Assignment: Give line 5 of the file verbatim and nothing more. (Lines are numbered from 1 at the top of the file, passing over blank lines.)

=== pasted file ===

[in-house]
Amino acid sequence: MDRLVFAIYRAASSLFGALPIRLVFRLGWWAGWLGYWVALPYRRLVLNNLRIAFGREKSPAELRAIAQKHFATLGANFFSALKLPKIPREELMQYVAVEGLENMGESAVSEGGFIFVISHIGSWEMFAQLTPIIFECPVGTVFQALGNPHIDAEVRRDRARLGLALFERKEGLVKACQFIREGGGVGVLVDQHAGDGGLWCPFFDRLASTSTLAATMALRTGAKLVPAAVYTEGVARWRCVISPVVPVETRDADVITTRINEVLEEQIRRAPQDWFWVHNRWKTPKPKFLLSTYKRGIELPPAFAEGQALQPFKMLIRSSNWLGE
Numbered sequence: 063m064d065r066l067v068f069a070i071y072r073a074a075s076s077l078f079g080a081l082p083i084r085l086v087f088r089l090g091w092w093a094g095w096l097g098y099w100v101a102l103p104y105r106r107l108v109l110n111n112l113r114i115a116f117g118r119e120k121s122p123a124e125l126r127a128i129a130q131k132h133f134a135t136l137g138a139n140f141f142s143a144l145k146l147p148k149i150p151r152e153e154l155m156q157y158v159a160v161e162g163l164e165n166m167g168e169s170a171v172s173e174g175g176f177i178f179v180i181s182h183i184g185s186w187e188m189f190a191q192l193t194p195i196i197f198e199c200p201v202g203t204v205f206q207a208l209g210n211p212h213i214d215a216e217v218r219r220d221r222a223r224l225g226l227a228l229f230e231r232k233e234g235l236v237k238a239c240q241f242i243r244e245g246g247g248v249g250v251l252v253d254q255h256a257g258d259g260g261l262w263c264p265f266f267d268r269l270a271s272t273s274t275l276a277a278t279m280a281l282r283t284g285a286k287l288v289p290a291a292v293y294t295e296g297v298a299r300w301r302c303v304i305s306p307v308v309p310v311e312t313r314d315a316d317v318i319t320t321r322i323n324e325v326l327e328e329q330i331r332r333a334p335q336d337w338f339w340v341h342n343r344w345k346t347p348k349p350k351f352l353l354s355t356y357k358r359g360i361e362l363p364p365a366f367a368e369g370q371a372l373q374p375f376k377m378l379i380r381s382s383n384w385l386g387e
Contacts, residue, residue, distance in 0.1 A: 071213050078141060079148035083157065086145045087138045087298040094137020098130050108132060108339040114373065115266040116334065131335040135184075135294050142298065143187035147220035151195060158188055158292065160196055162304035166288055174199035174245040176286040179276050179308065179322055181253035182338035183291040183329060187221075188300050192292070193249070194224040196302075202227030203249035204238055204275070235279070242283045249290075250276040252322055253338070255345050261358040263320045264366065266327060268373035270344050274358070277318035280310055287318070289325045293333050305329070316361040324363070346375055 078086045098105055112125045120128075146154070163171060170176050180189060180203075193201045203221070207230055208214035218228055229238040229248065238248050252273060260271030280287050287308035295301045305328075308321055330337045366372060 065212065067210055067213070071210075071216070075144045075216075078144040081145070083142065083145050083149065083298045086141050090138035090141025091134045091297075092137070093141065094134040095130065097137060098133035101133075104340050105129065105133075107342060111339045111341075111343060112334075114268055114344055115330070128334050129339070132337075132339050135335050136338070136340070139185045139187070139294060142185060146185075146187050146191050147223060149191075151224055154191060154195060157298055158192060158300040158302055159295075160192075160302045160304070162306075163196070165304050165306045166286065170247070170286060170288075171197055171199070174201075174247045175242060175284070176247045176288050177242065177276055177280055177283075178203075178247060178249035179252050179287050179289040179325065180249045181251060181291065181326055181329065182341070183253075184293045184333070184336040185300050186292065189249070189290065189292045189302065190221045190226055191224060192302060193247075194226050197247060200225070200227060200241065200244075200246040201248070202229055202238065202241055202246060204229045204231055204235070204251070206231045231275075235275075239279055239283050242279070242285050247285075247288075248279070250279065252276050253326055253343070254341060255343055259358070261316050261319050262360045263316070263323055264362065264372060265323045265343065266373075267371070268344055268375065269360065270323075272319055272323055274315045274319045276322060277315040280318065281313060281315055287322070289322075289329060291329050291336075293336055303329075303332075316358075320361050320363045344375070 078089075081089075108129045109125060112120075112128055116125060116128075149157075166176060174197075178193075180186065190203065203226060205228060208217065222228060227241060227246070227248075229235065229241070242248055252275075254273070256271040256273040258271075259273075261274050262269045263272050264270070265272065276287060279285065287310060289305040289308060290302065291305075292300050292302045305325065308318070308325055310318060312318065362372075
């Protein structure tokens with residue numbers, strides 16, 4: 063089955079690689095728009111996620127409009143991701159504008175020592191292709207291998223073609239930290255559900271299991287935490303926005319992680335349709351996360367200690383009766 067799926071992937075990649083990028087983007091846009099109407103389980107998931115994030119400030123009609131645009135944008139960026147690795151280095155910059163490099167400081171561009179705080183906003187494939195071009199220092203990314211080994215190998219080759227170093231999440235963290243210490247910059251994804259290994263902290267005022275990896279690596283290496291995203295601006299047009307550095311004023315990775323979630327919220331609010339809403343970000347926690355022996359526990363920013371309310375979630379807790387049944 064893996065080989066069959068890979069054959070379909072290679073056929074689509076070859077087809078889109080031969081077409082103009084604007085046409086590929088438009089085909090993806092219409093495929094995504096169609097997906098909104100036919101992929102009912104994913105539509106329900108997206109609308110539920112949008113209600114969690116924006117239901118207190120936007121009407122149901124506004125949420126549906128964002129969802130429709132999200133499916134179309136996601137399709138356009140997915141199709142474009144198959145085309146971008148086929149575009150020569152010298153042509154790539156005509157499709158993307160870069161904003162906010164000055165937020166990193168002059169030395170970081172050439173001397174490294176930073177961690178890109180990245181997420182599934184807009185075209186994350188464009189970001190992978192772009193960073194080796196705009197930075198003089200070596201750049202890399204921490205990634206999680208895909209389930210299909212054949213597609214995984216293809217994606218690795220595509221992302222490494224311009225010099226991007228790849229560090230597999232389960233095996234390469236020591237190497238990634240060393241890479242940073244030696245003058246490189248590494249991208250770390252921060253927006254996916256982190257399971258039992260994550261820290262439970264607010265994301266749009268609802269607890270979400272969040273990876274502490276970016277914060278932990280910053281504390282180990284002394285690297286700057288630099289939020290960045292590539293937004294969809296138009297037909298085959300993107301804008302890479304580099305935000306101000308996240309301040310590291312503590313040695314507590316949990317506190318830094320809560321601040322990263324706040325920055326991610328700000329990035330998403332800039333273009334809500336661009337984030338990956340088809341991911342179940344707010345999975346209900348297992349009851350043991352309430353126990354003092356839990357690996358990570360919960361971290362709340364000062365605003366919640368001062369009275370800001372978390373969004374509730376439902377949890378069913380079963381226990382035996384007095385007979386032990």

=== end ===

């Protein structure tokens with residue numbers, strides 16, 4: 063089955079690689095728009111996620127409009143991701159504008175020592191292709207291998223073609239930290255559900271299991287935490303926005319992680335349709351996360367200690383009766 067799926071992937075990649083990028087983007091846009099109407103389980107998931115994030119400030123009609131645009135944008139960026147690795151280095155910059163490099167400081171561009179705080183906003187494939195071009199220092203990314211080994215190998219080759227170093231999440235963290243210490247910059251994804259290994263902290267005022275990896279690596283290496291995203295601006299047009307550095311004023315990775323979630327919220331609010339809403343970000347926690355022996359526990363920013371309310375979630379807790387049944 064893996065080989066069959068890979069054959070379909072290679073056929074689509076070859077087809078889109080031969081077409082103009084604007085046409086590929088438009089085909090993806092219409093495929094995504096169609097997906098909104100036919101992929102009912104994913105539509106329900108997206109609308110539920112949008113209600114969690116924006117239901118207190120936007121009407122149901124506004125949420126549906128964002129969802130429709132999200133499916134179309136996601137399709138356009140997915141199709142474009144198959145085309146971008148086929149575009150020569152010298153042509154790539156005509157499709158993307160870069161904003162906010164000055165937020166990193168002059169030395170970081172050439173001397174490294176930073177961690178890109180990245181997420182599934184807009185075209186994350188464009189970001190992978192772009193960073194080796196705009197930075198003089200070596201750049202890399204921490205990634206999680208895909209389930210299909212054949213597609214995984216293809217994606218690795220595509221992302222490494224311009225010099226991007228790849229560090230597999232389960233095996234390469236020591237190497238990634240060393241890479242940073244030696245003058246490189248590494249991208250770390252921060253927006254996916256982190257399971258039992260994550261820290262439970264607010265994301266749009268609802269607890270979400272969040273990876274502490276970016277914060278932990280910053281504390282180990284002394285690297286700057288630099289939020290960045292590539293937004294969809296138009297037909298085959300993107301804008302890479304580099305935000306101000308996240309301040310590291312503590313040695314507590316949990317506190318830094320809560321601040322990263324706040325920055326991610328700000329990035330998403332800039333273009334809500336661009337984030338990956340088809341991911342179940344707010345999975346209900348297992349009851350043991352309430353126990354003092356839990357690996358990570360919960361971290362709340364000062365605003366919640368001062369009275370800001372978390373969004374509730376439902377949890378069913380079963381226990382035996384007095385007979386032990």